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  • Writer's pictureCarolyn Lackey

Sucker Punch

Updated: Dec 13, 2020

Grief is just the darnedest thing. One minute you're sitting there eating a ham sandwich feeling happy as a clam, and the next minute tears are streaming down your face because an image of your long gone mamaw putting a clove-studded ham into her old goldenrod GE electric stove on Christmas Eve popped into your brain as you took your first bite. You can vividly hear the yawning squeak the oven door made as it welcomed the ham inside. Your heart squeezes tight. You feel a cloak of sadness falling down upon you like a soft nightgown. It was just a sandwich.

If you've never deeply grieved the loss of a human or a pet, let me explain how it will go down when you take your first stroll in the Valley of the Shadow of Death just before the comfort of “Thy rod and Thy staff" fully kick in.

First, will come the almost tangible sense of disbelief that this person/pet became totally and completely intangible. You slowly eye your familiar surroundings trying to verify that the void left behind is, indeed, reality. Tears may stream down your cheeks leaving telltale trails of agony traced in your makeup. Or not. Some people don't cry for days or weeks or ever. That kind of grief roils privately deep down in the middle of the gut with little to no relief.

As weeks roll by, the last of the funeral food is either consumed or tossed depending on how far back it was hidden in a freezer stuffed with crumply foil-covered disposable containers. The last of the thank you notes will be escorted out to the mailbox. That's when the Dog Days of grief set in. A sultry, stagnant period during which you wonder where all of the cars passing by your house are going. Where are all those cars going? Why are all those cars going? Why are those people acting like they don't know that I'm aching inside? I can't seem to make my own car go. Will everyone please. Stop. For. A. Moment. And, breathe with me?

Once the heaviness of the Dog Days begins to lift you will venture out to the grocery store. It's a simple errand really. As you plop your purse down into the baby seat of your cart, you suddenly remember how good it feels to simply stroll down a grocery store aisle taking in the 500 kinds of boxed cereal. Then, comes the Sucker Punch. That box of Grape Nuts reaches out from the shelf and tightly grips your heart. She (insert the name of the one you've lost) ate those every day because Miralax didn't quite get the job done. You can hear the annoying crunch-crunch-crunch-crunch. No amount of milk could quiet the crunchiness of those blasted "nuts."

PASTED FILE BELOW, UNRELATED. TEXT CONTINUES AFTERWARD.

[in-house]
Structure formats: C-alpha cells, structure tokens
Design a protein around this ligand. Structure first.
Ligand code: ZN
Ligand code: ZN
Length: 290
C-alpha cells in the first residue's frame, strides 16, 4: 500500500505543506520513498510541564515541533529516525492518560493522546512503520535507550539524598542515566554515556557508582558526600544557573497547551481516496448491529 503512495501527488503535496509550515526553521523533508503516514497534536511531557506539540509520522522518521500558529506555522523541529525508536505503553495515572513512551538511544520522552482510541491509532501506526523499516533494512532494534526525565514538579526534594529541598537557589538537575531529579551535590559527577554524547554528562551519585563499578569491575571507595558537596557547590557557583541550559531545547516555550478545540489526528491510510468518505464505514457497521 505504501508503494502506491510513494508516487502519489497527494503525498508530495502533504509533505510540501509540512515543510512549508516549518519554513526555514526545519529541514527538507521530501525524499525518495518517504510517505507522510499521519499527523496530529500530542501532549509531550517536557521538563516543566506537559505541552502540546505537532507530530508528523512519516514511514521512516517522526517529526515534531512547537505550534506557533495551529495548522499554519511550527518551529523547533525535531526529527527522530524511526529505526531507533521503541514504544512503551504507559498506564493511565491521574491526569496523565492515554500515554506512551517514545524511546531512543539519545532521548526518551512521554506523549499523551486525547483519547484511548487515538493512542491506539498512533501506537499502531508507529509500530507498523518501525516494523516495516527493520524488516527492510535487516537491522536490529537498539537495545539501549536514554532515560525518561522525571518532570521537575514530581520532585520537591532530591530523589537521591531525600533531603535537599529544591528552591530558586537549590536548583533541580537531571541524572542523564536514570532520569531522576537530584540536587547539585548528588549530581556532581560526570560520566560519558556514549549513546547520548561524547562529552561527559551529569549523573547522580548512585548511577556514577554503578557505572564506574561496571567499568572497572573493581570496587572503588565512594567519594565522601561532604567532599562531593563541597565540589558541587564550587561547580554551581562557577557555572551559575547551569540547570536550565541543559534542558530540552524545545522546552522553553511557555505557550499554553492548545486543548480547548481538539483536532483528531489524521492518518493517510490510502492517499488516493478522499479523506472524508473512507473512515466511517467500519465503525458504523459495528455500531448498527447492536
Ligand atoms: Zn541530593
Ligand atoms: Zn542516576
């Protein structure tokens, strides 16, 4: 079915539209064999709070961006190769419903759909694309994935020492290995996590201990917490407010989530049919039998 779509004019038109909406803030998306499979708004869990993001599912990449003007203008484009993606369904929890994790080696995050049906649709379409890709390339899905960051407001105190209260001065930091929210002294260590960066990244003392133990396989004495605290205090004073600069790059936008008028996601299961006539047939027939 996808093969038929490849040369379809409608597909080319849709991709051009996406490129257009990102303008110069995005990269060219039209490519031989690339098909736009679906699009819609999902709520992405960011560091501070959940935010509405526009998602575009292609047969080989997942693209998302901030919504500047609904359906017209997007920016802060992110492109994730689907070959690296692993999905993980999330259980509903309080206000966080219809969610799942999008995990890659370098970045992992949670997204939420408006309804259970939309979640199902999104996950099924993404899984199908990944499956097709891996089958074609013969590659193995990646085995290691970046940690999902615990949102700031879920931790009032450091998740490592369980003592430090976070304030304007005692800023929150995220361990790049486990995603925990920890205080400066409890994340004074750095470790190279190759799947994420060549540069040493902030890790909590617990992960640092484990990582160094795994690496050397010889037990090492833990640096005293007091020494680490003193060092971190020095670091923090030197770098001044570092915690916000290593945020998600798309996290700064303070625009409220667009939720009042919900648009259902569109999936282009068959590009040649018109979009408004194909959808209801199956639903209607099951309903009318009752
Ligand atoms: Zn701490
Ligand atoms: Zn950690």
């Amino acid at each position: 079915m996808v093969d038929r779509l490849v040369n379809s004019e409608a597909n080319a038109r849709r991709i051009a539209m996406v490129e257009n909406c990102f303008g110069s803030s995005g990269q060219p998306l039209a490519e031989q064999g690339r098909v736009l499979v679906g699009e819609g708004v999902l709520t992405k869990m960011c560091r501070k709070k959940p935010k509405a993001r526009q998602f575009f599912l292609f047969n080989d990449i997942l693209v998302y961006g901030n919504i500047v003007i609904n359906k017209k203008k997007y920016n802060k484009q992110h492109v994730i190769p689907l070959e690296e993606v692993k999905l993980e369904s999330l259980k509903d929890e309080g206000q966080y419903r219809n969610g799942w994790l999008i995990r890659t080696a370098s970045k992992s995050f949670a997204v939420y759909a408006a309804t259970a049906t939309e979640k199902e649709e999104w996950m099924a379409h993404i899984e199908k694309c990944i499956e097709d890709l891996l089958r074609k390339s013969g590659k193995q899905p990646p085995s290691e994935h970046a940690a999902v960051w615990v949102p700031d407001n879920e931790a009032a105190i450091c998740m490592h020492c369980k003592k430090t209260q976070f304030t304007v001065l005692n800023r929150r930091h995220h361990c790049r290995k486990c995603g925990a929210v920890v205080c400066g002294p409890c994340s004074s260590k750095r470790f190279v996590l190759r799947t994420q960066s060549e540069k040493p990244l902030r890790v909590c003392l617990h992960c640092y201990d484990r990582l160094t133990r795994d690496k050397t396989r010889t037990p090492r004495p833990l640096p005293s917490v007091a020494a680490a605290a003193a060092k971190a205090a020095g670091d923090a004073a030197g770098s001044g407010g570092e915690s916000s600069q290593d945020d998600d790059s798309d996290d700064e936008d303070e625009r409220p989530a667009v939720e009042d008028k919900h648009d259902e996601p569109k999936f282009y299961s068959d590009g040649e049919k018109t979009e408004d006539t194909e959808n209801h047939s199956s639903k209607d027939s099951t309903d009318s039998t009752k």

As you stand in front of the army of cereal boxes alongside a family with three children ages 4 to 7, the sounds of their voices seep into your thoughts. "Mom! Look! The Boo Berry box has a prize inside!!!" In that brief moment you jump into your mommy head space and feel the urge to say, "One prize. Three kids. Don't set yourself up, lady." But, the box of Grape Nuts still has its hold on you. Discreetly dabbing away tears, you shuffle on to the bottled water aisle with not one box of cereal in your near-empty cart.

The sucker punches come and go. Eventually, the time between punches lengthens. Life begins to feel a bit more normal. Then. Boom. Another punch. A song. A scent. A ratty, but sentimental Christmas ornament.

Today, I innocently picked up my phone to wish a dear friend happy birthday on Facebook. I was thinking about how much I loved the birthday girl. She adds so much goodness to my life. Before I had time to migrate to her page, Facebook chose a "memory" for me.

The memory train blasted through my head. I remembered that day. Mom had her caregiver dial my number early that morning. She wanted ME and only ME to come help her put on her "costume" right after breakfast.

My thoughts began to randomly bounce back in time. The pictures she took of every trick-or-treater every year. (She had double copies made so that she could send them to me. I still have all 5,347 of them.) The creepy little boy mannequin that she dressed up and stood in her front window. The jack-o-lantern with the lip ring.

Because of Mom, I love Halloween. Now, where did I put that bewitching fascinator? Even though we are going dark this Halloween - hiding from the Covid goblin - I think I'll wear it and the orange and black boa all day long while I eat my weight in fun-sized Halloween candy. This sucker punch is a bittersweet one.

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Dec 13, 2020

Your description of grief is so true. The grocery store on a holiday can bring me to my knees,19 and 10 years after losing my sons. A can of easy cheese or a box of Mac and cheese can bring me to my knees. It’s a memory of youth and midnight snacks! A realization of a missed chance to save one of them will never be ok in this lifetime. Oh, God don’t take my memory away but please ease the pain.


Pam Cosby
Pam Cosby
Dec 13, 2020

Carolyn, as much as I try to ignore that sucker punch and remember how happy my mother must be in glorious heaven, it creeps up and lets me have it! Will it ever go away? Yes I’m grateful for having her so many years, but I just miss her, all the time!

my heart goes out to you❤️💔

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